The Prince George's County teachers union accused the Board of Education yesterday of stalling in the contract negotiations that began seven weeks ago. Union leaders also charged that the board's wage offers, if adopted, would not keep up with salary increases elsewhere and would put teachers' salaries even farther behind other jurisdictions in the Washington area.
"Their salary scale wouldn't keep pace, but would also have us fall further behind," said Paul Pinsky, president of the Prince George's County Educators Association.
A spokesman for the board denied that school officials had been stalling and said that the board's proposals were based on a study recommending wage increases that would make county salaries competitive with other systems in the area.
Starting salary for county teachers, $15,738 this school year, is the lowest in the Washington area.
Pinsky said the union had asked teachers to wear red clothing to school today to protest the slow negotiations and the board's salary offer. The union, which originally proposed a starting salary of $20,000 next year, revised its proposal yesterday, recommending the $20,000 figure as a starting salary in two years, Pinsky said. That translates into a 13 percent increase next year and the same rate increase the following year.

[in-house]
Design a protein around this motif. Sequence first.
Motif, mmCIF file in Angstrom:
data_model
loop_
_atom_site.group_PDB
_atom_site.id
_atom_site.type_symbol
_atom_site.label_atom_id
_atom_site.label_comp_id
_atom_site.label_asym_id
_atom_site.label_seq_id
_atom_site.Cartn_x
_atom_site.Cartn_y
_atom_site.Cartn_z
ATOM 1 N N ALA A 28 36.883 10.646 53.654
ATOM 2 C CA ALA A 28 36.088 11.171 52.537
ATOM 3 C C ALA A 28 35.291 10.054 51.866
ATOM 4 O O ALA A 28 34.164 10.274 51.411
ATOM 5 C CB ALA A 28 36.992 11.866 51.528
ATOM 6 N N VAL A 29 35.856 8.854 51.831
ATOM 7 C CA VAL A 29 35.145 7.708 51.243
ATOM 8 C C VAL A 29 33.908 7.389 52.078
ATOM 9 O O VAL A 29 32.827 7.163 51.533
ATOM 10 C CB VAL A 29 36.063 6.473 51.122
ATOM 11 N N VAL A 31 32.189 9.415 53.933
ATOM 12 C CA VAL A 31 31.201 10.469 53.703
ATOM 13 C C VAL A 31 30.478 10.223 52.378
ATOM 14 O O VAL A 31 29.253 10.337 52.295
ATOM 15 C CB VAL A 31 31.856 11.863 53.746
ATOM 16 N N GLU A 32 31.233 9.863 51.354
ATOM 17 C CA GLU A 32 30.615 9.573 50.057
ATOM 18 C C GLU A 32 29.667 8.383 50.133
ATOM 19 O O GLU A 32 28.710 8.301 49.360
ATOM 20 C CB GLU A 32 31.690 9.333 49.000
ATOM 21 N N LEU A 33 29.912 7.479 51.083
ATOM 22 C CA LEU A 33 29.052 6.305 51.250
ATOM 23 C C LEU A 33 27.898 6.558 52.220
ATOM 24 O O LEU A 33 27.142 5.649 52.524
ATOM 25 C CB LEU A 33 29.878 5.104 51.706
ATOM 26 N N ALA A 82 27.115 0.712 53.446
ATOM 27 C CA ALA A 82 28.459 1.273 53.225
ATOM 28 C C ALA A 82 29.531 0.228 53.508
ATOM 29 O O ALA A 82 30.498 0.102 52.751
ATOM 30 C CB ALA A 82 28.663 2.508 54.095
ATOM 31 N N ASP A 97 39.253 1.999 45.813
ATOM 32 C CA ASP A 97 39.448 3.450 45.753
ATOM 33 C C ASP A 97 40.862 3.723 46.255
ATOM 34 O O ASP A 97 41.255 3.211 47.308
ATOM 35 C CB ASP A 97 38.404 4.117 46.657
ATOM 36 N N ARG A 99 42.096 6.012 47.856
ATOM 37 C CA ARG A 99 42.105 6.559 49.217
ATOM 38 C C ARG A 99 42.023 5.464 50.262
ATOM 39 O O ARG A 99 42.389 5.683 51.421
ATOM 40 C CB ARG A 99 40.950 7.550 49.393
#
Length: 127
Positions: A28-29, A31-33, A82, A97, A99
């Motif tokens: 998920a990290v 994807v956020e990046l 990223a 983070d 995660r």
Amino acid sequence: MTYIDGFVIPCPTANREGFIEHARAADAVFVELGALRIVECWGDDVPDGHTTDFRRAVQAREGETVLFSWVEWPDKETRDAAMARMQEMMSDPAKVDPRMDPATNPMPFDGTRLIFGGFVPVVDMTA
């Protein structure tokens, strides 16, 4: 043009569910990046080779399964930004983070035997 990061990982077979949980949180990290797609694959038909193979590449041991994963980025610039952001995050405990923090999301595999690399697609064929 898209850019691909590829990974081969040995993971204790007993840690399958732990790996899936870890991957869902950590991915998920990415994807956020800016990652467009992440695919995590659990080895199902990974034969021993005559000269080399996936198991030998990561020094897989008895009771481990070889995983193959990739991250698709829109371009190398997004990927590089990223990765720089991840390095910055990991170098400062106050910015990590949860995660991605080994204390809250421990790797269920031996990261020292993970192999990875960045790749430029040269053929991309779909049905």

"Their offer is still far beyond what the county could afford," school spokesman Brian J. Porter said of the union's latest proposal.
The school board also revised its proposal yesterday, according to Porter, who said the new offer pushes up salary increases that, under the first proposal, had been spread out over the school year in seven steps.
Porter said the board's offer would raise the salary of the average teacher with a master's degree and 15 years of experience from $31,476 to $37,288 over two years. Because the raises would be given in phases, they would average 17 percent over the two-year period.
School and union officials said they did not have figures to compare their offers at each step of the pay scale.
"There's an understanding that teachers in Prince George's County need significant improvements in salary," Porter said. "There's also a realization that the money isn't here yet to provide that on the first day of school next year . . . . "